Also, take advantage that whatever you need to solder, you need to "rest" the tip on it, at least for a few seconds. Your hand may be shaking when tip is mid-air, but resting the tip on the soldering spot is actually pretty easy to manage.

Also, shot of hard liquor or two for steady hands.
Kidding.
Not.
 
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Marco Polo

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When I tried the suggested fix to the Opnext diode I leaned some weight onto my arm and braced my hand against the vertical rod on my chemistry stand. That did help. Clamping the module and driver took a lot of the work out of it. With proper tools and some practice I think I can overcome the shaky hands issue.
 

IsaacT

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I have problems with my hands shaking when I solder as well. Maybe more manageable than it is for others, but it still pisses me off.

Any way to help this?

Thanks
-Matt
Whiskey :) I have the same problem with my hands haha.
 

Sigurthr

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You have to understand how constant current drivers work; it monitors the current being drawn from the output and if the draw is less than the driver is set to it increases the voltage at the output to try to compensate. If you connect a high resistance to the output the driver can fail since it cannot generate a high enough voltage to force the set current through the load. Linear drivers usually won't fail but switch mode ones certainly can.

I'd test the diode with a high value series resistor and a power supply with voltage exceeding the nominal Vf (assuming you don't have another driver or variable bench supply). The resistance should be enough to allow threshold current but no more.


Sent from my iPhone using Tapatalk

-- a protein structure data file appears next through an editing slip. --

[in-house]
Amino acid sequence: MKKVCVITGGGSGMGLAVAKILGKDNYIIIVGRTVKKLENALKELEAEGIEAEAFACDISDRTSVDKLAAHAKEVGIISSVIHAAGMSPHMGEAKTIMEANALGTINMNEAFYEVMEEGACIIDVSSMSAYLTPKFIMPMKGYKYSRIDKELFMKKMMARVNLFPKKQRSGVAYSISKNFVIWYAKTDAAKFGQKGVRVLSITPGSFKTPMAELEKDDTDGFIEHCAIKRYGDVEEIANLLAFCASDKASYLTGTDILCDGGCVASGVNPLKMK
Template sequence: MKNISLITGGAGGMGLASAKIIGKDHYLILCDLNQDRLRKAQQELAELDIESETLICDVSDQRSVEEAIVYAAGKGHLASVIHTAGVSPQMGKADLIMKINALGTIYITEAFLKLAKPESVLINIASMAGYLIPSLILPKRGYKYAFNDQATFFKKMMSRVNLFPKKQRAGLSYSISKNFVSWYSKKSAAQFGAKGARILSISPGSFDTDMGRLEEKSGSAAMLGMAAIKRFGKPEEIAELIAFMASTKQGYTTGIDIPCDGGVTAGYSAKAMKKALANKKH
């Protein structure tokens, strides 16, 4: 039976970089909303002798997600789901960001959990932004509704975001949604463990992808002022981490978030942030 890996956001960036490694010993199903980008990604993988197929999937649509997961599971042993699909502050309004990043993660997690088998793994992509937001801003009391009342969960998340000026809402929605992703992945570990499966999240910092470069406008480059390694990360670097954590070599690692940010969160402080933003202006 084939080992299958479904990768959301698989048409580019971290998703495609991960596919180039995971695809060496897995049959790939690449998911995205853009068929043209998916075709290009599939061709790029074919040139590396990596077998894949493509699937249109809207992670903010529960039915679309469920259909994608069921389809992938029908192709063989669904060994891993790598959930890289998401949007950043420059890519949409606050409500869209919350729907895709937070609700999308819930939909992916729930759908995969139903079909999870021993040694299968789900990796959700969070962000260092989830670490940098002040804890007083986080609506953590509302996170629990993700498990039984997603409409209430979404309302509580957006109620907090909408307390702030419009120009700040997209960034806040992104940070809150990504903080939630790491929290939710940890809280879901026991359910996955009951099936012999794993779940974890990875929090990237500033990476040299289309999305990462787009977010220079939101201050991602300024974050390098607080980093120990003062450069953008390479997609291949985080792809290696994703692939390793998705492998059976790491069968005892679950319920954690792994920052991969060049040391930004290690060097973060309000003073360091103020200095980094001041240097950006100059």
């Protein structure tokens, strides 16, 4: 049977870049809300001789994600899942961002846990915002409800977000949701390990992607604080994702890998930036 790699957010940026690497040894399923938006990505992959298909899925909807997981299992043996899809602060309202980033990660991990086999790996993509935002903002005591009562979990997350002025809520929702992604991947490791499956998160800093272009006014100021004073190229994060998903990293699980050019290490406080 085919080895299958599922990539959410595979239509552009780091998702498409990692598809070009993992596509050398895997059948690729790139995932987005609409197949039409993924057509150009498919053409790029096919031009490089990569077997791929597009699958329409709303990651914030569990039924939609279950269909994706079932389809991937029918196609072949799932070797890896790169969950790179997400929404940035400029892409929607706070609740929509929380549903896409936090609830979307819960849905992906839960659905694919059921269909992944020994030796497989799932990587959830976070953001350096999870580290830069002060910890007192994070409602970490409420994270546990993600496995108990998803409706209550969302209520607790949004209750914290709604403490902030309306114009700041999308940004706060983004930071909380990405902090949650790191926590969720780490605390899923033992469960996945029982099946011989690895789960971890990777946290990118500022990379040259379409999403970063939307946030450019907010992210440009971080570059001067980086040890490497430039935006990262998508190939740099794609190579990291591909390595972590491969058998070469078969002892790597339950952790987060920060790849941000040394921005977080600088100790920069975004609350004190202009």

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There is something called a third hand tool which has a magnifying glass and 2 clips to hold things in
almost any position. The only thing to watch out for with one of those is they will dig into insulation if it is
too close to where you're soldering.

Multimeters have a resistance in the Megaohms range (usually 10MEG).
 

bdgreenb

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Correct hand, arm and wrist positioning so it's always up against something.

Have whatever you're soldering held 4 fingers high, so that you can naturally rest your palm on the top of your desk and hold the soldering iron just like a pencil with a very long tip. When it's held horizontally, it's pretty darn accurate.

Also, take advantage that whatever you need to solder, you need to "rest" the tip on it, at least for a few seconds. Your hand may be shaking when tip is mid-air, but resting the tip on the soldering spot is actually pretty easy to manage.

Also, shot of hard liquor or two for steady hands.
Kidding.
Not.
Wish i read this before a year of soldering... pretty much my exact remedy for my shakiness. On day one, thought i was just a person who would never be able to solder. +1 :D
 

Marco Polo

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Oh, I understand how a constant current driver works NOW ;)

I added this experience to the "mistakes that can happen to anybody" thread.

Good advice on soldering too, especially the whiskey... Laphroaig, anyone?
 

Eudaimonium

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Good advice on soldering too, especially the whiskey... Laphroaig, anyone?
Ballantine's finest, if whiskey at all, which is rare.

You don't wanna know what toxins, affectionately called liquors, we consume in this part of the world.
 

Zeebit

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My hand doesn't really shake when soldering and I'm happy with it.

Also, I only use a lens spring so that I don't have to constantly replace the teflon and there is no risk of it getting into the diode window.
 

bdgreenb

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before soldering i like to take a bracing shot of chang'aa (Kenyan "kill me quickly")